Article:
NASA turns to the dark
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'Normal' matter = 5 percent of the particular
universe we happen to be somewhat
familiar with, though our understanding
of that 5 percent is still in its infancy, and
only recently has science discovered
and begun investigating (from afar) the
nature of some of the larger planets that
orbit stars apart from our own.
Heck, humans have only traveled to one
non-earth body, the moon, and currently
have plans to return there, but elsewhere?
Maybe Mars, in a couple of decades or
so, over --50 years-- since landing on the
Perhaps the biggest mystery, other than
whether or not life exists elsewhere, and
whether or not intelligent life (like us) is
common or rare, and whether intelligent
life (like us) can survive long enough to
make contact with other intelligent life,
'Dark' matter = 25 percent of the particular
universe we happen to be unable to sub-
stantiate, yet, as to its nature.
'Dark' energy = 70 percent of the particular
universe we inhabit, something scientists
happen to have stumbled on a few short
years ago, discovering that the particular
universe we happen to be in is not slowing
its 'big bang' expansion, as was expected,
but instead, is mysteriously speeding up.
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July 3, 2007
NASA turns to the dark side
'Beyond Einstein' probes to investigate shadowy
force pushing universe apart
Tom Spears, CanWest News Service
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NASA has announced five new space missions to
track mysteries that go "beyond Einstein"
- where the universe came from,
- what it's made of, and
- whether space has edges.
The plan is to have two major observatories in space
and three smaller probes, to track mysterious black
holes and an even greater mystery
- potent but undetectable energy that pushes
the universe apart.
The first launch is set for 2015.
NASA says its new Einstein Probes Office will
"provide key information to help answer funda-
mental questions about the origin and evolution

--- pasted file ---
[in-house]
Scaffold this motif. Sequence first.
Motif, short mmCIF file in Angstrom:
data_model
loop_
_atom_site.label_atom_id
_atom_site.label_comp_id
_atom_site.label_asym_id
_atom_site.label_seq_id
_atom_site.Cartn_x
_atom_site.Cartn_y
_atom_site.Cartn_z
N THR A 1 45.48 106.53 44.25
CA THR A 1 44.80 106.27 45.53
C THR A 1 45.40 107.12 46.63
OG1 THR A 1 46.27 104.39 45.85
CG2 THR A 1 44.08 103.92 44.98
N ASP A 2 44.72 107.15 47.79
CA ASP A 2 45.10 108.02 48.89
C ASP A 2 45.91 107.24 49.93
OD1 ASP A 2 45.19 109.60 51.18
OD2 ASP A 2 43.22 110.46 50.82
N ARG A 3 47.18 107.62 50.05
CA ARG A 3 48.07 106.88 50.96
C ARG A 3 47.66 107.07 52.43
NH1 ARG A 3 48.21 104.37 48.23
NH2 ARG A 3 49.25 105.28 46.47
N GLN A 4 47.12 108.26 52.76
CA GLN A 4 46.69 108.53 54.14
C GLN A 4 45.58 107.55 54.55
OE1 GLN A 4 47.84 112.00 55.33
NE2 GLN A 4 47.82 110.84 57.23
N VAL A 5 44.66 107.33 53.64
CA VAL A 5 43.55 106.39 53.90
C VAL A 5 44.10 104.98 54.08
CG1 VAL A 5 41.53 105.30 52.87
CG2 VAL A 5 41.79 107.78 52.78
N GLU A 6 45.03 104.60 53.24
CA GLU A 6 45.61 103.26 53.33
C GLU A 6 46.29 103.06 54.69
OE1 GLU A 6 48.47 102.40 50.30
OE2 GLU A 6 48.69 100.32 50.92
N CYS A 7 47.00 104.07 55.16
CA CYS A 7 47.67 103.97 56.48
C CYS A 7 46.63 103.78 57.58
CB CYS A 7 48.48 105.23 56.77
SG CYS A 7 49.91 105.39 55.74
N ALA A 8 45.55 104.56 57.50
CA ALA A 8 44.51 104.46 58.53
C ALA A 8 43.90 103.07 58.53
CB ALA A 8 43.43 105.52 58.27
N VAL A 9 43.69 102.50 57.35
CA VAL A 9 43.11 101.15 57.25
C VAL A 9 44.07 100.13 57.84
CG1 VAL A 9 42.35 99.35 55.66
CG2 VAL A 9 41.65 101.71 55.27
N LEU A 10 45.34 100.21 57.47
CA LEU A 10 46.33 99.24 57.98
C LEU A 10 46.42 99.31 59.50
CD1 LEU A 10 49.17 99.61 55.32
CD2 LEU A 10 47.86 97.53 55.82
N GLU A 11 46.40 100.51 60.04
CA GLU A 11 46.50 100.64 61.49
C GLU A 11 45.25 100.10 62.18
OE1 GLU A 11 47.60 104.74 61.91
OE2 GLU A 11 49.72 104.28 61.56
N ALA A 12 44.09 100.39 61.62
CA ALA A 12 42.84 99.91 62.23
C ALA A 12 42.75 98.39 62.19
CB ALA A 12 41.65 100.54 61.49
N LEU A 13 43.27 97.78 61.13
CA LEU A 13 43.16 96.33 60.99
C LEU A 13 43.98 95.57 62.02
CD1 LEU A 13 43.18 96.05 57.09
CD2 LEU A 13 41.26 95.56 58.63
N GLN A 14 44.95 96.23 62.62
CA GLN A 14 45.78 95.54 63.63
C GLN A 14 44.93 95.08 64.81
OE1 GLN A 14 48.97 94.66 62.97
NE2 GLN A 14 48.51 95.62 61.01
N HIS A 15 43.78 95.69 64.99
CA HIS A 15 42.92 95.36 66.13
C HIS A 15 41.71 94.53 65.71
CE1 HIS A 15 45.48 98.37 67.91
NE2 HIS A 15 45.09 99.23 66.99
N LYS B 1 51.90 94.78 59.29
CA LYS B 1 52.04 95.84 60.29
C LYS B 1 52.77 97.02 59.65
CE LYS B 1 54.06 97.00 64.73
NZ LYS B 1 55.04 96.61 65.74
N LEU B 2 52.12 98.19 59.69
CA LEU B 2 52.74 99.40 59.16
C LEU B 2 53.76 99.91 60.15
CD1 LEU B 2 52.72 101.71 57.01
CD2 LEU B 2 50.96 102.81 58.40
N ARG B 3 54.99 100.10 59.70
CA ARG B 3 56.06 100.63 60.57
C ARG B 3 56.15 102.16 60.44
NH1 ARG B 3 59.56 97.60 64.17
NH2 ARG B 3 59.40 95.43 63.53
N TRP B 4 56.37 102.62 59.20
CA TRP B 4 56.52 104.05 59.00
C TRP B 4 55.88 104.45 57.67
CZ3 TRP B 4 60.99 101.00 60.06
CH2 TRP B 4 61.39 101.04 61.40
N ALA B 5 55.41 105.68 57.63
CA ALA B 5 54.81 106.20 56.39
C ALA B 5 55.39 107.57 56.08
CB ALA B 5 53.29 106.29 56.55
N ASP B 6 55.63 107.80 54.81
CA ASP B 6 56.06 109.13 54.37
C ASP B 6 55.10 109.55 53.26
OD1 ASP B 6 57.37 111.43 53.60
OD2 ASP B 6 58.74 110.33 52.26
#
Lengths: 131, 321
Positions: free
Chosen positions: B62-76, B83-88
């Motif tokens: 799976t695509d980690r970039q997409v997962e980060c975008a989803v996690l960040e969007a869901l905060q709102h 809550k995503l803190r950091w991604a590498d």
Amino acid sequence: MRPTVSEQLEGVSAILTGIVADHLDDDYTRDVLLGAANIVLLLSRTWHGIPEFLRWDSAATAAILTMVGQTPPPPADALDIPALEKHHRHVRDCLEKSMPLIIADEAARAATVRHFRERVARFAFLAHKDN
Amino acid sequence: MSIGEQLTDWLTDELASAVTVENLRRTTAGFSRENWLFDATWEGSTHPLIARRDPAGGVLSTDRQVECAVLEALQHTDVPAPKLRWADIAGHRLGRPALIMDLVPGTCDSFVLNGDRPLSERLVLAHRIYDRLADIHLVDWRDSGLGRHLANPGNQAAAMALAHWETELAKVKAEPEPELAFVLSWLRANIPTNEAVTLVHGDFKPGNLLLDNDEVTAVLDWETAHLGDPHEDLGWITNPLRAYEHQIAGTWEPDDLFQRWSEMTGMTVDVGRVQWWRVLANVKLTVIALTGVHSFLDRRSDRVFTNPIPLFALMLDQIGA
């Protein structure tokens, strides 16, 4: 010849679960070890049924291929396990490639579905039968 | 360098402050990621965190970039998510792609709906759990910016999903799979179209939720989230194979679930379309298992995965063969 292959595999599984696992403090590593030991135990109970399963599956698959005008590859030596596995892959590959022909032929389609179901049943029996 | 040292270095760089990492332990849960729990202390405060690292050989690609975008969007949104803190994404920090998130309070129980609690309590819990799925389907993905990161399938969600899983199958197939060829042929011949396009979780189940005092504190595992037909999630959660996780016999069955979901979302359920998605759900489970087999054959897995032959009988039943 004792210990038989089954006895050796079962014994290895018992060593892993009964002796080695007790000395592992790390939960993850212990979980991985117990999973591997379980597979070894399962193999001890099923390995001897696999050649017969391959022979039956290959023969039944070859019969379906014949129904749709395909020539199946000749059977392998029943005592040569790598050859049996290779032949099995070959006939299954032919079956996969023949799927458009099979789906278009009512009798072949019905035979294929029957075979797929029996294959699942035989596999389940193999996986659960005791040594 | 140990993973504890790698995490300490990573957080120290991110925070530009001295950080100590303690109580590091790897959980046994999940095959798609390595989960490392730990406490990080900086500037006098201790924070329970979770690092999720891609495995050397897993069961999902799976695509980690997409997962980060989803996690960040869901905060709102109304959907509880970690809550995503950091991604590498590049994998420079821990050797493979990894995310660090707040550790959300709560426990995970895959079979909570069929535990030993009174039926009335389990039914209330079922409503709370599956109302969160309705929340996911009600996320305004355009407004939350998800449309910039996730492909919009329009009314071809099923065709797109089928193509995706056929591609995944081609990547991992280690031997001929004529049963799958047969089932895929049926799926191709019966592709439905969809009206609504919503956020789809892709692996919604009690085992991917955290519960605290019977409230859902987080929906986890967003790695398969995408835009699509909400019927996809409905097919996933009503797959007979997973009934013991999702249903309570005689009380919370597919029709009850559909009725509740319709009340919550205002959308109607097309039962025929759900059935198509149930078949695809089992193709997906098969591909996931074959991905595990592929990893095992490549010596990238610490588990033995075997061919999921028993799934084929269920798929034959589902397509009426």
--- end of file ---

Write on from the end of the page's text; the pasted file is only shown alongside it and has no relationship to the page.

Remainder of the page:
of the universe."
"If you go back 10 years, we still were of the
view that the universe might stop its expansion,"
says astronomer Paul Delaney of Toronto's York
Since then, astronomers have found that the uni-
verse is not only continuing to expand, but its
spread is speeding up.
And the force pushing it is just plain weird. Even
astrophysics experts say so, and these are people
who believe that gravity can bend space and time,
and that an electron can be in two different places
Pushing the universe apart is something called dark
energy -- "dark" in the sense that we can't observe
it in the way we see light or sense heat and X-rays.
"Seventy per cent of the universe is dark energy.
None of us know what the damn stuff is... yet it's
70 per cent of everything," Delaney says. "Fact is
stranger than fiction."
By contrast, just five per cent of the universe is
"normal" matter. The remaining 25 per cent is dark
matter -- like dark energy, something we can't see.
This tantalizes astronomers. As NASA said in an-
nouncing the new project, Earth's surface is 70 per
cent water, and what would it be like if we couldn't
see or feel water?
All we know is dark energy's effect. It exists in
vacuums and it's repulsive: It pushes things apart.
"NASA as well as a variety of observational efforts
from the ground have begun to tune themselves to
a very direct assault on dark energy," Delaney says.
The Beyond Einstein Program consists of five pro-
posed missions. The big ones are the Laser Inter-
ferometer Space Antenna, to orbit the sun measur-
ing gravitational waves in our galaxy and beyond,
and Constellation-X, to view X-rays emitted by mat-
ter falling into black holes.
Smaller probes would investigate the nature of dark
energy, the physics of the Big Bang, and the distri-
bution and types of black holes in the universe.
A sample question: Is there an edge where regular
space stops and a black hole begins?
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